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[Nettime-bold] Re: Re: <nettime> Re: Re: net art history
nullpointer on 20 Feb 2001 11:51:43 -0000


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[Nettime-bold] Re: Re: <nettime> Re: Re: net art history


the party's nearly over.. so soon it will be time to leaf through the litter
and pick up the bits that are worth keeping for the next party, maybe we
should have it in the garden.

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-----Original Message-----
From: Josephine Bosma <jesis {AT} xs4all.nl>
To: nettime-l {AT} bbs.thing.net <nettime-l {AT} bbs.thing.net>
Date: 19 February 2001 14:08
Subject: Re: Re: <nettime> Re: Re: net art history


>
>I think the way to approach net art is very much the way Steve Dietz has
>approached the question (that is one of a number of questions that keep
>coming up): "Why have there been no great net artists?" with an essay by
>the same title.
>http://www.walkerart.org/gallery9/webwalker/ww_042300_main.html  So not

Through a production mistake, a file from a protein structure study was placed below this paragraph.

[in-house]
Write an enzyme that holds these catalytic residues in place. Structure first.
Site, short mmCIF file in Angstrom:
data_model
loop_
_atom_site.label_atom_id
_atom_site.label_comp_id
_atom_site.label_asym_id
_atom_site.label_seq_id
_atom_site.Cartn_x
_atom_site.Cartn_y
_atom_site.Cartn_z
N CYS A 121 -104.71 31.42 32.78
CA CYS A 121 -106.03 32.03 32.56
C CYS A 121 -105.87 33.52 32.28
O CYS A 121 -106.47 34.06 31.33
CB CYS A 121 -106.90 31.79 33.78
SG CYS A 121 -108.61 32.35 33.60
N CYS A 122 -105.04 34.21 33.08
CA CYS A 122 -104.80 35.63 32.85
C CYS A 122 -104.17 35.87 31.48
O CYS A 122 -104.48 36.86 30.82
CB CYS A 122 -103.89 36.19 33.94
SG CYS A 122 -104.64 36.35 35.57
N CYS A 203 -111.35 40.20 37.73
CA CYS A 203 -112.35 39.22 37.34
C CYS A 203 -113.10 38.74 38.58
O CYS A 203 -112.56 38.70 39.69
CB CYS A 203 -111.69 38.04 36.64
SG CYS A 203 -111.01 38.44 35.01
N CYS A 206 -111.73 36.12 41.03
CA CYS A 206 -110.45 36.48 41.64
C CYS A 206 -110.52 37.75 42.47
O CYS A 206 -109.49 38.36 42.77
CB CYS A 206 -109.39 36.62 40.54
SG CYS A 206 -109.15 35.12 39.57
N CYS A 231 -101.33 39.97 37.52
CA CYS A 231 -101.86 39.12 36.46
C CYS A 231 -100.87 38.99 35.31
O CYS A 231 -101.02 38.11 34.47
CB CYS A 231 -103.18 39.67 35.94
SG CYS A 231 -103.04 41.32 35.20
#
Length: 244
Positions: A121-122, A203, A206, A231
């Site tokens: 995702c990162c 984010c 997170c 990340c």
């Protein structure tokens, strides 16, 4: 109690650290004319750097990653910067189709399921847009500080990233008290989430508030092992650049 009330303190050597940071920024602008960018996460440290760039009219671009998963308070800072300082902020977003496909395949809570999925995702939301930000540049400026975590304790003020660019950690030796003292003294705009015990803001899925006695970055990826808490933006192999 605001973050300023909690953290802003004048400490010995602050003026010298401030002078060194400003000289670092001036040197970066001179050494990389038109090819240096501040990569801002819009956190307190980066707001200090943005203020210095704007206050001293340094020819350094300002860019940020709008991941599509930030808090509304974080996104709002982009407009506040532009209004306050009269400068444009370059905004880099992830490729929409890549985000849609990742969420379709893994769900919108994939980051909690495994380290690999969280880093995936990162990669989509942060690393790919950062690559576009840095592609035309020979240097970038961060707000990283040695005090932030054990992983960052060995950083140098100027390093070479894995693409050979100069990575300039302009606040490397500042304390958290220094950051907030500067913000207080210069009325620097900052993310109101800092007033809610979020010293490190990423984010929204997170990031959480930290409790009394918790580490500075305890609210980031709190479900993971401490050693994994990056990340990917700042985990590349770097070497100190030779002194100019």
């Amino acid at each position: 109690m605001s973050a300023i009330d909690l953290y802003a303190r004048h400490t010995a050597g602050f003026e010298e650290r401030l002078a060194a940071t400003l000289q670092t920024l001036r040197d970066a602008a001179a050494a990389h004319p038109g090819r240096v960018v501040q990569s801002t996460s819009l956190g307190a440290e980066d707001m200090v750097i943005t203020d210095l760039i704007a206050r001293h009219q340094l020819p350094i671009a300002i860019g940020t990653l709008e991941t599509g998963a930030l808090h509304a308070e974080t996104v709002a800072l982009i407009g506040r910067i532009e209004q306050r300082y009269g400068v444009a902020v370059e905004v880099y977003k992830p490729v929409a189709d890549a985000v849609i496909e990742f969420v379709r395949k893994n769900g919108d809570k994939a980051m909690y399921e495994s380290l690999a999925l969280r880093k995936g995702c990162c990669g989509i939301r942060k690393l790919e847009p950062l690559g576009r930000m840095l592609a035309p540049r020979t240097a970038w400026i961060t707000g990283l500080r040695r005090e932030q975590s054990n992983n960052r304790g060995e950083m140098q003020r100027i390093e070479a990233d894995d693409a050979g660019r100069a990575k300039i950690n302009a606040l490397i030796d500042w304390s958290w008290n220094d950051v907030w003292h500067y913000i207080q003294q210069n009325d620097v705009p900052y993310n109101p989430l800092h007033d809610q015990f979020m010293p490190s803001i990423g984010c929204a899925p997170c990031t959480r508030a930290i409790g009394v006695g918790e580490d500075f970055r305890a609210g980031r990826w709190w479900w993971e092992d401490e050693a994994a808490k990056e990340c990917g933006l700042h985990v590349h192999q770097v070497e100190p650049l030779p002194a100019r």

>approach it from one particular angle (politics or art history or
>technological excellence) but from many angles at once to get a new
>picture of not just net art but of art as a whole. Individual artpieces
>can be compared to older works of course, but to compare net art as a
>whole with, say, mail art or performance or whatever will always be
>lacking/failing somewhere.
>
>olia lialina wrote:
>
>> "A Link is Enough" was published last November in DU
>> magazine. On the next page there was another essay on net
>> art, written by Boris Groys. He writes about his vision.
>> He's brilliant. His ideas and comparisons are fresh and
>> unexpected, but after a few paragraphs you see that he has
>> no understanding of net art and networks.